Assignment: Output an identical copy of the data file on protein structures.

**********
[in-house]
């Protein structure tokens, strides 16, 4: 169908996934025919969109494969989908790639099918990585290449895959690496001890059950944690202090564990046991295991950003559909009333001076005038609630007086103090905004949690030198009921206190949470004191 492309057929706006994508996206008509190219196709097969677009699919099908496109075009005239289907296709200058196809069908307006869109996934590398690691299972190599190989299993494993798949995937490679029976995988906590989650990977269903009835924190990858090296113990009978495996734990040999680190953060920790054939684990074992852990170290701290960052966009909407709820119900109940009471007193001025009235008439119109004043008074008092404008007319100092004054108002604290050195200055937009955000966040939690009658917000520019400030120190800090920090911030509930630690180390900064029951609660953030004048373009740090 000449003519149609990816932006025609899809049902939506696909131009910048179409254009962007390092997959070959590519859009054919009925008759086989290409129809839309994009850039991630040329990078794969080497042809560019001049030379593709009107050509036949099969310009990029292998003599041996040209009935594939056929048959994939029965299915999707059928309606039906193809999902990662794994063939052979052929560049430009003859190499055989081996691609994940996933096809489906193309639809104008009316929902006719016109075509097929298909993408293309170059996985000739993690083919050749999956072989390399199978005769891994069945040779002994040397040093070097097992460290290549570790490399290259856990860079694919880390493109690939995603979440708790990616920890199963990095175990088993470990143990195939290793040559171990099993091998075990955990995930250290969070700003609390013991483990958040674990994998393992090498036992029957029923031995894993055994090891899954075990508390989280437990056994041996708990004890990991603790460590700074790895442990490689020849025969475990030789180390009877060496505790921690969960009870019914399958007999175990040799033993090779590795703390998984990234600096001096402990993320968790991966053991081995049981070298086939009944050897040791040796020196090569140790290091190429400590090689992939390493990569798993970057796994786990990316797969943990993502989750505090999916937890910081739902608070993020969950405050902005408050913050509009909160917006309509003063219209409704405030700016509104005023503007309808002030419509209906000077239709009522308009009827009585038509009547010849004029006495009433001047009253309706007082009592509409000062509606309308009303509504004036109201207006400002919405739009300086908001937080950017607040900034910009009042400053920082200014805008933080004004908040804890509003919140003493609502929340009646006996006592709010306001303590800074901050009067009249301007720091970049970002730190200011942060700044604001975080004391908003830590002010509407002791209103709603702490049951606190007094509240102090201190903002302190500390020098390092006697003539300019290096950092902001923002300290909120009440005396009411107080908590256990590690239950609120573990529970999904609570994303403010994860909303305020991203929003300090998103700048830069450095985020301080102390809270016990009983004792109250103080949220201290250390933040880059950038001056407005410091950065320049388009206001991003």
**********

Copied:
[in-house]
């Protein structure tokens, strides 16, 4: 169908996934025919969109494969989908790639099918990585290449895959690496001890059950944690202090564990046991295991950003559909009333001076005038609630007086103090905004949690030198009921206190949470004191 492309057929706006994508996206008509190219196709097969677009699919099908496109075009005239289907296709200058196809069908307006869109996934590398690691299972190599190989299993494993798949995937490679029976995988906590989650990977269903009835924190990858090296113990009978495996734990040999680190953060920790054939684990074992852990170290701290960052966009909407709820119900109940009471007193001025009235008439119109004043008074008092404008007319100092004054108002604290050195200055937009955000966040939690009658917000520019400030120190800090920090911030509930630690180390900064029951609660953030004048373009740090 000449003519149609990816932006025609899809049902939506696909131009910048179409254009962007390092997959070959590519859009054919009925008759086989290409129809839309994009850039991630040329990078794969080497042809560019001049030379593709009107050509036949099969310009990029292998003599041996040209009935594939056929048959994939029965299915999707059928309606039906193809999902990662794994063939052979052929560049430009003859190499055989081996691609994940996933096809489906193309639809104008009316929902006719016109075509097929298909993408293309170059996985000739993690083919050749999956072989390399199978005769891994069945040779002994040397040093070097097992460290290549570790490399290259856990860079694919880390493109690939995603979440708790990616920890199963990095175990088993470990143990195939290793040559171990099993091998075990955990995930250290969070700003609390013991483990958040674990994998393992090498036992029957029923031995894993055994090891899954075990508390989280437990056994041996708990004890990991603790460590700074790895442990490689020849025969475990030789180390009877060496505790921690969960009870019914399958007999175990040799033993090779590795703390998984990234600096001096402990993320968790991966053991081995049981070298086939009944050897040791040796020196090569140790290091190429400590090689992939390493990569798993970057796994786990990316797969943990993502989750505090999916937890910081739902608070993020969950405050902005408050913050509009909160917006309509003063219209409704405030700016509104005023503007309808002030419509209906000077239709009522308009009827009585038509009547010849004029006495009433001047009253309706007082009592509409000062509606309308009303509504004036109201207006400002919405739009300086908001937080950017607040900034910009009042400053920082200014805008933080004004908040804890509003919140003493609502929340009646006996006592709010306001303590800074901050009067009249301007720091970049970002730190200011942060700044604001975080004391908003830590002010509407002791209103709603702490049951606190007094509240102090201190903002302190500390020098390092006697003539300019290096950092902001923002300290909120009440005396009411107080908590256990590690239950609120573990529970999904609570994303403010994860909303305020991203929003300090998103700048830069450095985020301080102390809270016990009983004792109250103080949220201290250390933040880059950038001056407005410091950065320049388009206001991003």